The Book of Equanimity - Selections

Illuminating Classic Zen Koans

Case 1: The World-Honored One Ascends the Platform

Preface to the Assembly

Close the gate and snooze—that’s how to treat a superior person. Reflection, abbreviation, and elaboration are used for middling and inferior ones. How can you stand for someone to ascend the high seat and scowl? If anyone around here doesn’t agree, step forward. I have no doubts about him.

Main Case

Attention! One day the World-Honored One ascended the platform and took his seat. Manjushri struck the sounding post and said: “When you realize the Dharma-King’s Dharma, the Dharma-King’s Dharma is just as is.” At that, the World-Honored One descended from the platform.

Appreciatory Verse

Do you see the true manner of the primal stage?
Mother Nature goes on weaving warp and woof;
the woven old brocade contains the images of spring—
nothing can be done about the Spring God’s (Manjushri) outflowing.

Attention! When the Buddha, also known as the World-Honored One, ascends the platform it means he’s ready to give a discourse on the Dharma. In this koan, Manjushri, the bodhisattva of wisdom who is renowned for cutting delusion with Dharma words, announces the beginning of the talk with the statement: “When you realize the Dharma-King’s Dharma, the Dharma-King’s Dharma is just as is.” And then, the Buddha descends the platform; his discourse is over. What more could he say? Even Manjushri’s announcement is unnecessary. He’s saying too much; he’s “leaking” or as the verse says he is “outflowing.”

When you truly understand the Dharma, it’s just thus, just this; it’s as is. All kinds of words and phrases have been invented in Zen to express thusness or “as-is”-ness, but none are needed. Don’t add anything extra. Just let everything be as it is. That’s liberation. But letting everything be as is, is difficult for us because we’re always trying to fiddle around with things, always adding something, wishing something were taken away. We’re always putting another head atop our own.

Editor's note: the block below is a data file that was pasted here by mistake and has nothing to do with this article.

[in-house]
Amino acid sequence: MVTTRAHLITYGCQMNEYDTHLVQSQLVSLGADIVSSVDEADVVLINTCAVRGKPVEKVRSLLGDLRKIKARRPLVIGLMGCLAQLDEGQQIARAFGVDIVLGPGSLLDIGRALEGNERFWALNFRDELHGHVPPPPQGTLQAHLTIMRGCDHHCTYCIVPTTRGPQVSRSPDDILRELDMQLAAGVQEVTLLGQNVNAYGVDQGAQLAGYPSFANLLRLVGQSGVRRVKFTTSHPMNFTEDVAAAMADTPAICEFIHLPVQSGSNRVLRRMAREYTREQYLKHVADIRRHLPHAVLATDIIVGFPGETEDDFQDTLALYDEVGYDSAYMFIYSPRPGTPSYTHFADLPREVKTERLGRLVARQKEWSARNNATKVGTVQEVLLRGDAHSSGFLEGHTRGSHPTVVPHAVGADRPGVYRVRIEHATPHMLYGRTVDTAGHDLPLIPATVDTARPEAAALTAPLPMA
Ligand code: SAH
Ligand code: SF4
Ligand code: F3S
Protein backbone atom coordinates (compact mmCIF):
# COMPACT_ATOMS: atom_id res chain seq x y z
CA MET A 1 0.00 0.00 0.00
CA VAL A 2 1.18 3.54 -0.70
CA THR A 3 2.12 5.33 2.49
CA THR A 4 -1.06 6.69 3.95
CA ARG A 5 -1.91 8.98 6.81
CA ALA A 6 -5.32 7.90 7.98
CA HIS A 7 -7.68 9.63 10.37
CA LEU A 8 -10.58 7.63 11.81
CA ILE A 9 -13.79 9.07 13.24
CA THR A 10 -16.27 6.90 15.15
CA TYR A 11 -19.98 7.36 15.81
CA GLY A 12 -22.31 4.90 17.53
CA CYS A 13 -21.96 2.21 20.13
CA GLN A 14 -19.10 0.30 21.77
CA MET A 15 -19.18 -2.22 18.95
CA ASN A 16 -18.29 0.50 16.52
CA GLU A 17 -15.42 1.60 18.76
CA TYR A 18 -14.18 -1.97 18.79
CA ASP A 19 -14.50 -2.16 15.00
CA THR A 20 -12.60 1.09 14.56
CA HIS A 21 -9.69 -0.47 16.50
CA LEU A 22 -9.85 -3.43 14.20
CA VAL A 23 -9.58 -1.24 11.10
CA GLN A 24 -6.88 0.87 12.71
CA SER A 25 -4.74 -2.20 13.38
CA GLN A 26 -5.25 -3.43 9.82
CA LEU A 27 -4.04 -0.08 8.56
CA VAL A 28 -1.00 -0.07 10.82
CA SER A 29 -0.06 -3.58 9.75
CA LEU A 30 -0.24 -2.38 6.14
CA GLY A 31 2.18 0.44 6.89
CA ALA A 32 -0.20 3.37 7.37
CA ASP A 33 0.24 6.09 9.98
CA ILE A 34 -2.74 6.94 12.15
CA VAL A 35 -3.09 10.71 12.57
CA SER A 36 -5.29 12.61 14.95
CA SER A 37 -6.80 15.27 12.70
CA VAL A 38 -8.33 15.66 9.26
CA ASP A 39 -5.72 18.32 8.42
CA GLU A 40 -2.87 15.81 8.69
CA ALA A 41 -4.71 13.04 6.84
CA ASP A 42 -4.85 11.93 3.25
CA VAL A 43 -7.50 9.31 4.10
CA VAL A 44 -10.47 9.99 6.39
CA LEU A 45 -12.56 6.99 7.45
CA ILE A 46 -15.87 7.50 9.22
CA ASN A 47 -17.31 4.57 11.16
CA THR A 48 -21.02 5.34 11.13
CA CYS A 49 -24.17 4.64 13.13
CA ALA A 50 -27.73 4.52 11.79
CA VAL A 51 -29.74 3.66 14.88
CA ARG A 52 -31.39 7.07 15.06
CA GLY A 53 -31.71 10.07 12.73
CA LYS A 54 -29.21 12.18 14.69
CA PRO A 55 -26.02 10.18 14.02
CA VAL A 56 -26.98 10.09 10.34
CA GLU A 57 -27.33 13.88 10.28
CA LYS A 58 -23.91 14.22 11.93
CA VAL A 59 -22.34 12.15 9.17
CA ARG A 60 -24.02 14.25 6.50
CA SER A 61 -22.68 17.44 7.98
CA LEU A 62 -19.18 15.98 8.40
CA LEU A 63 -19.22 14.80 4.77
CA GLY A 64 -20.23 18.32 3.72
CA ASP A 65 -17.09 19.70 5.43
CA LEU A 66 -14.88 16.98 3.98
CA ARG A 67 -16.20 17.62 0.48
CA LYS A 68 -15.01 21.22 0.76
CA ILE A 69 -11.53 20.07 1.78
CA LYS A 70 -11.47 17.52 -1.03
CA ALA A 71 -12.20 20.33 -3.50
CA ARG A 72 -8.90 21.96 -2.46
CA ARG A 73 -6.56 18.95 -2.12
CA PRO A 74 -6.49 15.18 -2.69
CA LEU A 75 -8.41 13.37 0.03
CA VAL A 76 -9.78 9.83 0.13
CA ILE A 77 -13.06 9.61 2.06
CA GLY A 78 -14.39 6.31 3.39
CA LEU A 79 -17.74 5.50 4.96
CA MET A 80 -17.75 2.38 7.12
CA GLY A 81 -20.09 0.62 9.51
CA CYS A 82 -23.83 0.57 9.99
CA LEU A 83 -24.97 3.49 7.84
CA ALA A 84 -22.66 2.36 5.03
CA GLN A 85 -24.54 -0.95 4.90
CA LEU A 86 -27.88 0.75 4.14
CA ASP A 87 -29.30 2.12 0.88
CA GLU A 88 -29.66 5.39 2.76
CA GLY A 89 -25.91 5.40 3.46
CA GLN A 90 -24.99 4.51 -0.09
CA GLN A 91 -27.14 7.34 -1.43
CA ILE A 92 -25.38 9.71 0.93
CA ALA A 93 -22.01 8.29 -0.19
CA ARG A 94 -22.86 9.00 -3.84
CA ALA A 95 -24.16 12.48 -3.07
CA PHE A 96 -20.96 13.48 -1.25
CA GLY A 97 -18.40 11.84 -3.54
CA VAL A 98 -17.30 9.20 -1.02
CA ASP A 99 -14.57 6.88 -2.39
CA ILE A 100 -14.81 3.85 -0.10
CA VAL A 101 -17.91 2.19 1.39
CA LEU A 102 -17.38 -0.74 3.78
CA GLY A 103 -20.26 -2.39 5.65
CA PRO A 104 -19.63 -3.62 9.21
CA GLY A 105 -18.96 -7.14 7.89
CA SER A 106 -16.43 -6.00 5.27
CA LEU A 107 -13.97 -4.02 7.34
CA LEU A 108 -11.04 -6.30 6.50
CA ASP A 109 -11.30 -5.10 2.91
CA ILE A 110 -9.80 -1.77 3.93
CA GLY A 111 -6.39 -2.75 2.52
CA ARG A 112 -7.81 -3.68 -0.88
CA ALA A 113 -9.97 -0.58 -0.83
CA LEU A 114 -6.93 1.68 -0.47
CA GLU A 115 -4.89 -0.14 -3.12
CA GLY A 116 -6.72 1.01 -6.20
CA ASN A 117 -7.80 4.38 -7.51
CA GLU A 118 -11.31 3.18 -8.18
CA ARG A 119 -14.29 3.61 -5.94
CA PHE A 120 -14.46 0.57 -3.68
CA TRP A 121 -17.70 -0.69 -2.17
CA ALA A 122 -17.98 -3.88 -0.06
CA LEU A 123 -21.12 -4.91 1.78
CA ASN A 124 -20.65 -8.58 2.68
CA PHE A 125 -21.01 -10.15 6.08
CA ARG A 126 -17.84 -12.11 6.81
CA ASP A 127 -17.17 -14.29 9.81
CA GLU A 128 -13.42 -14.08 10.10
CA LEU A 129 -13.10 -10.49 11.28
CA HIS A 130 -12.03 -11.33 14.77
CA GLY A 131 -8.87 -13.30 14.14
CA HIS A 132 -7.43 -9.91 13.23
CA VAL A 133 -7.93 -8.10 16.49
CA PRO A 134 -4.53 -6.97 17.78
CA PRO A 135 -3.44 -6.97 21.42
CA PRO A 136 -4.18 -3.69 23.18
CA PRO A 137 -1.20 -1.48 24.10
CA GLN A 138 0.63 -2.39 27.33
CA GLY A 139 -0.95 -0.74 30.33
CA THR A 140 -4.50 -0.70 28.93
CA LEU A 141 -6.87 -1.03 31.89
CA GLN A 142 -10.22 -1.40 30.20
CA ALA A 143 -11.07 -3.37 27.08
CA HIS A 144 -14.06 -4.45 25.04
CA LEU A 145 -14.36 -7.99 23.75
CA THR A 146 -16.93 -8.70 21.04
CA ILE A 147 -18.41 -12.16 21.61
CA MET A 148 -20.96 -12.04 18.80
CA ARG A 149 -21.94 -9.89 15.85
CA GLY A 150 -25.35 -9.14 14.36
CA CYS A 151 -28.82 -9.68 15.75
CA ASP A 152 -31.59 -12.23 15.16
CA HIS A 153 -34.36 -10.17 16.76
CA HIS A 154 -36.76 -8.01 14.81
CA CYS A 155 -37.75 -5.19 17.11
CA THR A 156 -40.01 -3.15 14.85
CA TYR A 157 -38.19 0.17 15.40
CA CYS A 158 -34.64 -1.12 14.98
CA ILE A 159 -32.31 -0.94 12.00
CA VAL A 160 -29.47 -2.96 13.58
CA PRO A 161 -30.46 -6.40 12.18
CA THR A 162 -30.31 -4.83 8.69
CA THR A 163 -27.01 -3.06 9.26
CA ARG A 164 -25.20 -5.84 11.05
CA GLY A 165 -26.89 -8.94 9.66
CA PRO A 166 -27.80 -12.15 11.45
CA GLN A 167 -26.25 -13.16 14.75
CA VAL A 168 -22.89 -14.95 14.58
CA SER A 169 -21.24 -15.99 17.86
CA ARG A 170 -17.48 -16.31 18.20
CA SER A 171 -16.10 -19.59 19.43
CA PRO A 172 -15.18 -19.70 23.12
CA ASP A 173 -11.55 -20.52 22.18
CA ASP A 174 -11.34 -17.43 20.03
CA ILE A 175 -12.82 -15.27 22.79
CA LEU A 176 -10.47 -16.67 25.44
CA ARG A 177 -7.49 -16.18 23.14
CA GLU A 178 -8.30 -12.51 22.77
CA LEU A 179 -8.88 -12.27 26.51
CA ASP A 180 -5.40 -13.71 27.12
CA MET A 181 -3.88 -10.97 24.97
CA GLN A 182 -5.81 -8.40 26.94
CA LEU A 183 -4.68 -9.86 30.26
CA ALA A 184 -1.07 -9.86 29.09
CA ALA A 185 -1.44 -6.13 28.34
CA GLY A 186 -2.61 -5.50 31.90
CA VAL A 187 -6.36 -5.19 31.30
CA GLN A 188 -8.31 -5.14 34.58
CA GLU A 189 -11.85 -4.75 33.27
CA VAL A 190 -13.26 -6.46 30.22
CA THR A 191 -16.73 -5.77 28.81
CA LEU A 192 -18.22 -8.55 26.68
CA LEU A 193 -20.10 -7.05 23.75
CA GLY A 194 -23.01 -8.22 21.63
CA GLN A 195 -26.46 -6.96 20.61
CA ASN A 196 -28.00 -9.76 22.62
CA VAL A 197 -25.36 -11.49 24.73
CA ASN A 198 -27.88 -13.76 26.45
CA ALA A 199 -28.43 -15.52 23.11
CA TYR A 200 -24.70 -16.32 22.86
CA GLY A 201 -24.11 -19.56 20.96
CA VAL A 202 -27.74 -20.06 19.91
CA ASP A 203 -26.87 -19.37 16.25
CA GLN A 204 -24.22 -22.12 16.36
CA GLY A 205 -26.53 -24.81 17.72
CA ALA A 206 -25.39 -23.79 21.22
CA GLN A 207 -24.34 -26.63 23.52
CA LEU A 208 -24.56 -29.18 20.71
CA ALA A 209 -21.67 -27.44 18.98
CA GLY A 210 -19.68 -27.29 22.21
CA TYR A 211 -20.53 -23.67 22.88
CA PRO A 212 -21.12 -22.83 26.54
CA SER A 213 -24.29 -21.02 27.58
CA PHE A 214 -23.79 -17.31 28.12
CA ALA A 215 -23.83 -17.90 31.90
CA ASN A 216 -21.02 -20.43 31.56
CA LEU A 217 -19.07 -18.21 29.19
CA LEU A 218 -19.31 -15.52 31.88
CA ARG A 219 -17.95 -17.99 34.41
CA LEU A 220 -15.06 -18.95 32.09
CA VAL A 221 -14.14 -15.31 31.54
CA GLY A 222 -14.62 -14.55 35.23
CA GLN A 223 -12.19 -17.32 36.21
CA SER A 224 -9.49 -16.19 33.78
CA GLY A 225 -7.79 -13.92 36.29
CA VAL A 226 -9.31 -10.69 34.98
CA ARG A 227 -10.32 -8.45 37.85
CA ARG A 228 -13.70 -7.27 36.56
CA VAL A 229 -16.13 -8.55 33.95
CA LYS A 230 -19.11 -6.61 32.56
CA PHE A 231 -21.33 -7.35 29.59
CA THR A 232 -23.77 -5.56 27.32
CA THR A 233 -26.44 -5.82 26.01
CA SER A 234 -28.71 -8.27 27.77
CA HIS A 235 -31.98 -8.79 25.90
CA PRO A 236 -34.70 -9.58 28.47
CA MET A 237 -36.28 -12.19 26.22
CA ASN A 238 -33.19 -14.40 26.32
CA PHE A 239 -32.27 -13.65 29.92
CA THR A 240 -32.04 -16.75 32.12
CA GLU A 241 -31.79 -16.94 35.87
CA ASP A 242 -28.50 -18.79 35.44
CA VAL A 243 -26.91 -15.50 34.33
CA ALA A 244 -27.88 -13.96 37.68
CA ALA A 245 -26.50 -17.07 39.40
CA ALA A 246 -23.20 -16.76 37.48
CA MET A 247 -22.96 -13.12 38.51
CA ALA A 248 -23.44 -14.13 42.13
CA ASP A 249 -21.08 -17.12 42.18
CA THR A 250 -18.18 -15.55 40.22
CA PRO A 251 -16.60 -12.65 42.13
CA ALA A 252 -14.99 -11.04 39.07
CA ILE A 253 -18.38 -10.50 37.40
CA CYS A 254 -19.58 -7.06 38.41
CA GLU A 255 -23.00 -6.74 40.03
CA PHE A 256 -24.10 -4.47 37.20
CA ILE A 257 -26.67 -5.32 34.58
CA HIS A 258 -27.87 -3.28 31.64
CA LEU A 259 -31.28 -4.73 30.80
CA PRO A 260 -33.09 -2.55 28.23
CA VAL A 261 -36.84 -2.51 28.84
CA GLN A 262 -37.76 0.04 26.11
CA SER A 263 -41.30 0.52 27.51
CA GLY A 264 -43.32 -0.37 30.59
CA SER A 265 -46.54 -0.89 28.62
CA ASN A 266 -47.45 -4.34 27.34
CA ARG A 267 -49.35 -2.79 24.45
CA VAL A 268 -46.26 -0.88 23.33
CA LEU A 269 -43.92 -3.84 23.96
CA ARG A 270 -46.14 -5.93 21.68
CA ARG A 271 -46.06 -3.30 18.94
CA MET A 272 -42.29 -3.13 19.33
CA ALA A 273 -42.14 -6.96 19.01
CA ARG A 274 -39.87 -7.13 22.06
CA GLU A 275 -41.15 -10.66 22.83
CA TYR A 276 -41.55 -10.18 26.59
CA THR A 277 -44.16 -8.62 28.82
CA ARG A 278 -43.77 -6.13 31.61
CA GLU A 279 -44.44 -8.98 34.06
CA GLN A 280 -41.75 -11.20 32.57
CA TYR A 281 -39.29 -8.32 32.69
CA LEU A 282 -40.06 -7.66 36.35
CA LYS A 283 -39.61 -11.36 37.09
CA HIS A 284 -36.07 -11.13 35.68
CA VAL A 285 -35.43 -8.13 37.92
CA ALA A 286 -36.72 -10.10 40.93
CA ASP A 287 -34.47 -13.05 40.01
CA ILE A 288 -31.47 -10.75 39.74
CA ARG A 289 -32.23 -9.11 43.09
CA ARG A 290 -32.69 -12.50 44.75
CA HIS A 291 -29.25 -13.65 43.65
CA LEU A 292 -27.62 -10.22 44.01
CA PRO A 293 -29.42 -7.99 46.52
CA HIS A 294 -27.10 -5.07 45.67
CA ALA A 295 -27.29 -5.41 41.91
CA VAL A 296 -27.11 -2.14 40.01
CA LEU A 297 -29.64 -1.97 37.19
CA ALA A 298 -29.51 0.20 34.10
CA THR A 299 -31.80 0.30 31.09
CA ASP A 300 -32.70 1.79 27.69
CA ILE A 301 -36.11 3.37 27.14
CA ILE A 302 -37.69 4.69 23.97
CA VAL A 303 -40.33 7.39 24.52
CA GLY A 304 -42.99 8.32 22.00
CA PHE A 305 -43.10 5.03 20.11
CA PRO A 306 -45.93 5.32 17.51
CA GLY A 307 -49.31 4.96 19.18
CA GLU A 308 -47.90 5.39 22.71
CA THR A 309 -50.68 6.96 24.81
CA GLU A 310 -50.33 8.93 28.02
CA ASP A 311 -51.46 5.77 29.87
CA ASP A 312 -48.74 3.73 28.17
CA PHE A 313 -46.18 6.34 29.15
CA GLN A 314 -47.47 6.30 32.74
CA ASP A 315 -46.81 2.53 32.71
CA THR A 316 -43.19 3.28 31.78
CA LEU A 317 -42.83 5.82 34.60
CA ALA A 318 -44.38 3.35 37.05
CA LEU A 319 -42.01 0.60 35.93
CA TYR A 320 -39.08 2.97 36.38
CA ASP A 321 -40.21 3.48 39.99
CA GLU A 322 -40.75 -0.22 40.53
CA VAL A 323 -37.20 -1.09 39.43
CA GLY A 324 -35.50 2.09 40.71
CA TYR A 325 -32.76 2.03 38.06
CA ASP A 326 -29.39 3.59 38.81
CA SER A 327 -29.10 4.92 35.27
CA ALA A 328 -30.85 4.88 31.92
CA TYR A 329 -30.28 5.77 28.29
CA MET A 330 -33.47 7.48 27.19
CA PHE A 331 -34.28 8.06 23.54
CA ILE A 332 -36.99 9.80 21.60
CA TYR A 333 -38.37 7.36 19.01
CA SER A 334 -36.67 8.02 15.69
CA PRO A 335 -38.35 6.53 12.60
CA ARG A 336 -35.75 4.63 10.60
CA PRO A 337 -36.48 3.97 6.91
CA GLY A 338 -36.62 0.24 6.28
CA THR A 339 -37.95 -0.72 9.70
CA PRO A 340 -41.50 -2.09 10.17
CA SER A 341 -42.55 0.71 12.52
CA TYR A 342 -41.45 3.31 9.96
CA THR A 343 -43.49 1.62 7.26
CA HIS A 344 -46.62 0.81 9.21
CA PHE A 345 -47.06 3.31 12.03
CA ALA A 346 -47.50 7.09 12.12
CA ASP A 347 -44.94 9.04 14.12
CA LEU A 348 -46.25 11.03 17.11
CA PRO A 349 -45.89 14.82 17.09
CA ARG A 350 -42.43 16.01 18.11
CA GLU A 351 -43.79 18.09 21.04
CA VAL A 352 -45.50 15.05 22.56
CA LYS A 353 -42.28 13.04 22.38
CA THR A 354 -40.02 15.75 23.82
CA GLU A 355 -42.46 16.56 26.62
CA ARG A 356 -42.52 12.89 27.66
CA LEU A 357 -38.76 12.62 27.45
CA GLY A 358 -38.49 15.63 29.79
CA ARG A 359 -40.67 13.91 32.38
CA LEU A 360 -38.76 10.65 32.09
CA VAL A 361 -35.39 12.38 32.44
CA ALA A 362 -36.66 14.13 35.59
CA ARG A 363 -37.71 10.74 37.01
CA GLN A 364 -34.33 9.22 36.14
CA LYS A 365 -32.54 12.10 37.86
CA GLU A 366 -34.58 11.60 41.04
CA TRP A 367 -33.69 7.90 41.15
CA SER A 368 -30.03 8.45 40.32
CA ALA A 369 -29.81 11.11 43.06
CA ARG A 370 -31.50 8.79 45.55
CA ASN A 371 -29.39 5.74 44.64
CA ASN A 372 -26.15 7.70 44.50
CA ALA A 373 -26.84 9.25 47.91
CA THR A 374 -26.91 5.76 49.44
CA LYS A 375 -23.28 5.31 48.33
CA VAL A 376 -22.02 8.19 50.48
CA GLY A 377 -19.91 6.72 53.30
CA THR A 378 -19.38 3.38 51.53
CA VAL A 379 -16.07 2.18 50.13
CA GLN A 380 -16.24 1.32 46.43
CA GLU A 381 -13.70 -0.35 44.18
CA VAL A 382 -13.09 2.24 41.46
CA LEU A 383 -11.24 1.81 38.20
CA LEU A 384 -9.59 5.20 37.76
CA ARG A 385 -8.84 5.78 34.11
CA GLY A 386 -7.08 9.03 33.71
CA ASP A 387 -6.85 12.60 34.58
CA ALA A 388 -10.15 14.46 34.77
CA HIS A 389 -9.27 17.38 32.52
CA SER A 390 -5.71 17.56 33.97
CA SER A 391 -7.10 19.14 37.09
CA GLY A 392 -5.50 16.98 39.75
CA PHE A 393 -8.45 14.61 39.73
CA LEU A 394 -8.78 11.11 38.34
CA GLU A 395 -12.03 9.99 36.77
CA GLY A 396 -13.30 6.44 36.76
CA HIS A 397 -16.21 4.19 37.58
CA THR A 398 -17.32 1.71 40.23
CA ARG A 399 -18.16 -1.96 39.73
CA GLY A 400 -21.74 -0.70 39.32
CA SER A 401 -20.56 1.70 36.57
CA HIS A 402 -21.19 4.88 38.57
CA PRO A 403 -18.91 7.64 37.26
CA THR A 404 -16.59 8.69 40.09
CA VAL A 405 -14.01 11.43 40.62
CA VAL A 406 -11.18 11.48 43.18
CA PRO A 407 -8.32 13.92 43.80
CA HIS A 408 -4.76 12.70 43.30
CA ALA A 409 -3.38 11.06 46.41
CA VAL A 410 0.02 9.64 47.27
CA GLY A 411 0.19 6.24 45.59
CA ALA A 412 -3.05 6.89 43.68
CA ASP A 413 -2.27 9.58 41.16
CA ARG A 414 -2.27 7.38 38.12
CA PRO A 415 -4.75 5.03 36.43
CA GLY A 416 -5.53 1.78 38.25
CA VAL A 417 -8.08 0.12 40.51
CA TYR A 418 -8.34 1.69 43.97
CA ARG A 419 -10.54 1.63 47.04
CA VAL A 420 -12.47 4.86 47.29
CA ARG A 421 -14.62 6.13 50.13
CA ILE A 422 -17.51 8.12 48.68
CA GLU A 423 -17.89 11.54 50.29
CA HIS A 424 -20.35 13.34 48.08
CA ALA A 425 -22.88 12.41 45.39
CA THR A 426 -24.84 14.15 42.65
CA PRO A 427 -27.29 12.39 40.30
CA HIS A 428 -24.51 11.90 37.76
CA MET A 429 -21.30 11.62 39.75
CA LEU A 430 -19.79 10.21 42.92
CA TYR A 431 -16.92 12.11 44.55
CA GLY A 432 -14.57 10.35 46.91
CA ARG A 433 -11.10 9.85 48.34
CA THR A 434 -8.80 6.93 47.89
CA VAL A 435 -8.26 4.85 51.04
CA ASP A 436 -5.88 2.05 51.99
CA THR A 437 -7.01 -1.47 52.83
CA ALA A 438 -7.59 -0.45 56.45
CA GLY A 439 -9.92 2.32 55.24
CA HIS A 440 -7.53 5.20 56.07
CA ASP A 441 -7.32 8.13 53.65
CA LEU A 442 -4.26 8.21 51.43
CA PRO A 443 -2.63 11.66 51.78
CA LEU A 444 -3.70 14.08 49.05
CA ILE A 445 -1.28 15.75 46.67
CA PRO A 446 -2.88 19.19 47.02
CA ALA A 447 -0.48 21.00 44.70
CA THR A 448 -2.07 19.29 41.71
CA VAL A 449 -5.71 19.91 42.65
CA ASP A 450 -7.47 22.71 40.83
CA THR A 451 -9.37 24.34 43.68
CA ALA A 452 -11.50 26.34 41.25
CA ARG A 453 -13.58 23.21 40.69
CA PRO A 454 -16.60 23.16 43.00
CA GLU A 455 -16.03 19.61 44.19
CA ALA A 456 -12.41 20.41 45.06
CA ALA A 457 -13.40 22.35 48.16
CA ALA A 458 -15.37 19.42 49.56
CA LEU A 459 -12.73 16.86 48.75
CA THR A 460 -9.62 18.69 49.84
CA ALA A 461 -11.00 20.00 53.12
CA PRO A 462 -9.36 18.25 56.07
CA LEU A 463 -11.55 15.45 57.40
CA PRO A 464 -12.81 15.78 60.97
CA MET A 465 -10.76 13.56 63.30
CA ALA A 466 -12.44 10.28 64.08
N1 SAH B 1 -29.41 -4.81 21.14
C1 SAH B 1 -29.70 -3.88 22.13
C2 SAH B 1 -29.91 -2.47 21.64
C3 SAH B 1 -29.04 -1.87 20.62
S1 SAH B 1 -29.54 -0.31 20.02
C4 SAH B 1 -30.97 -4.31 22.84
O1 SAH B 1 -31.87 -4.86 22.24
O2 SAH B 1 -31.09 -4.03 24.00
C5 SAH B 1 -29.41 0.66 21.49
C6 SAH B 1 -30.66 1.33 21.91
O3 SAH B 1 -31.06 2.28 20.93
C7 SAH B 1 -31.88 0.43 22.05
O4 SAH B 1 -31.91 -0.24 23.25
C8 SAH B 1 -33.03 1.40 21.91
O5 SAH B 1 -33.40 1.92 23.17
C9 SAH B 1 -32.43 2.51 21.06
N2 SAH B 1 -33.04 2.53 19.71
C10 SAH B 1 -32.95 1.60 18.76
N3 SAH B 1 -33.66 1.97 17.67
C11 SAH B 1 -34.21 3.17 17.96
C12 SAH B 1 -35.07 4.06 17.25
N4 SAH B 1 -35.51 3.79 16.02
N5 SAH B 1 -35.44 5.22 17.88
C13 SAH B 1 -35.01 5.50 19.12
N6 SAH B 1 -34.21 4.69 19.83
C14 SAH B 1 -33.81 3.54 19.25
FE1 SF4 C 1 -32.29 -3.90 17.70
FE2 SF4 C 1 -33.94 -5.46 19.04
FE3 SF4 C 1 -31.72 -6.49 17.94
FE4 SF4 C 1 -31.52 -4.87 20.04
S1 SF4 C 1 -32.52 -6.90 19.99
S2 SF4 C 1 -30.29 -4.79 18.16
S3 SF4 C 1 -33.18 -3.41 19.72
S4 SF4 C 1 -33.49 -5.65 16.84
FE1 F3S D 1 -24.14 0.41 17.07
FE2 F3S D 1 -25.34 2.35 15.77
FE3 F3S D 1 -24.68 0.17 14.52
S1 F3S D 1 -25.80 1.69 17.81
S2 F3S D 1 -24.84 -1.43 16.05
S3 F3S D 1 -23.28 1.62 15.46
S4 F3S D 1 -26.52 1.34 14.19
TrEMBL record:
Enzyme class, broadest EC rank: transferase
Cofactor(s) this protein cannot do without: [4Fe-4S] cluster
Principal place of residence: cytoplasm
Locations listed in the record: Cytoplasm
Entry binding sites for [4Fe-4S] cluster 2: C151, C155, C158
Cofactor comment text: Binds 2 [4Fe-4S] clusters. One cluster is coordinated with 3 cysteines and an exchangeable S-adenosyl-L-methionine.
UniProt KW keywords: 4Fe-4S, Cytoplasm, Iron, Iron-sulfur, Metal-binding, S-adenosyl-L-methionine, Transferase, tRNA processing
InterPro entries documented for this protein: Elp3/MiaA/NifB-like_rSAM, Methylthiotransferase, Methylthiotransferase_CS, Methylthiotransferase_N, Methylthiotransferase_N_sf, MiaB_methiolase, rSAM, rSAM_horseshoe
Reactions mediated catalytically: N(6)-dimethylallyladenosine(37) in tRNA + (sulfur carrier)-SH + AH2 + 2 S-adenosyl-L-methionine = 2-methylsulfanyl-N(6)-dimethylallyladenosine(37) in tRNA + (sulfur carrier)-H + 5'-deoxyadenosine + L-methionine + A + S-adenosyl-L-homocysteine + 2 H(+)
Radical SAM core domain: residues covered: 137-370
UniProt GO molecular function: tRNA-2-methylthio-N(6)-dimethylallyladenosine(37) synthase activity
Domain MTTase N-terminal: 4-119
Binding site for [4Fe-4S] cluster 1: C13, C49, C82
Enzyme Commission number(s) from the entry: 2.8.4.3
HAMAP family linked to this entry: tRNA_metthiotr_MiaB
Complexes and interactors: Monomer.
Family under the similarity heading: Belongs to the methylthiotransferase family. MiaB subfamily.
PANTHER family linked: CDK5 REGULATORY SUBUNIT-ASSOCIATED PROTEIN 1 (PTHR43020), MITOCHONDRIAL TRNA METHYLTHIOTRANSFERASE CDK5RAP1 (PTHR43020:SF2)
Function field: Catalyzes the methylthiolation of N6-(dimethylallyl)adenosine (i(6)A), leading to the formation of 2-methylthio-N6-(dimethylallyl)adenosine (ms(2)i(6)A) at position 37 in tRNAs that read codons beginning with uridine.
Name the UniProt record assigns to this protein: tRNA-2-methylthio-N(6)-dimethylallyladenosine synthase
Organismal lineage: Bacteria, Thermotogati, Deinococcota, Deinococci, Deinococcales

I know people who want to be a lion but feel just like a frightened kitten—and not only that, they feel like a frightened kitten frightened about feeling like a frightened kitten! But the Dharma-King’s Dharma is as is; if you’re frightened, be frightened, leave it at that and don’t add anything extra.

What does it mean to let it all be and let it all go? And what about when you can’t let it go, what then? Well, if you’re holding on, hold on. That’s liberation too. Let the Dharma-King’s Dharma be as is.

This seems straightforward, but the subtlety comes in each moment: Each moment, how do you practice the Dharma-King’s Dharma? And let me ask you this: Why do you practice Zen? If you think you’re going to become something else, you’re fooling yourself. If you think that you don’t need to practice zazen because everything is perfect as it is, that is an erroneous view.

The first line of the verse says, “Do you see the true manner of the primal stage?” This is inviting us to realize the truth of ultimate reality. Is that ultimate reality the World-Honored One ascending the platform, or is it the World-Honored One descending the platform? If you let the light of ultimate reality blind your eye, it’s hard to see. If it does not blind your eye, then it’s hard to let go. If you see it, don’t dwell there.

The Dharma-King’s Dharma is as is. If you continue to be frightened and to maintain your judgments about being frightened, then you are not truly feeling fright. You are holding on to your opinions. By accepting your experience without judgments, you allow transformation to take place. I cannot count the times I heard Maezumi Roshi say, “Appreciate your life.” Appreciating your life means that the Dharma-King’s Dharma is just as is. From that place you can embrace yourself and appreciate yourself. It is not a matter of being a superior or inferior person. It is not a matter of Manjushri’s outflowing. Just let everything be as is and appreciate every moment of this life as the life of the Dharma-King.

 

Case 2: Bodhidharma’s Vast Emptiness

Preface to the Assembly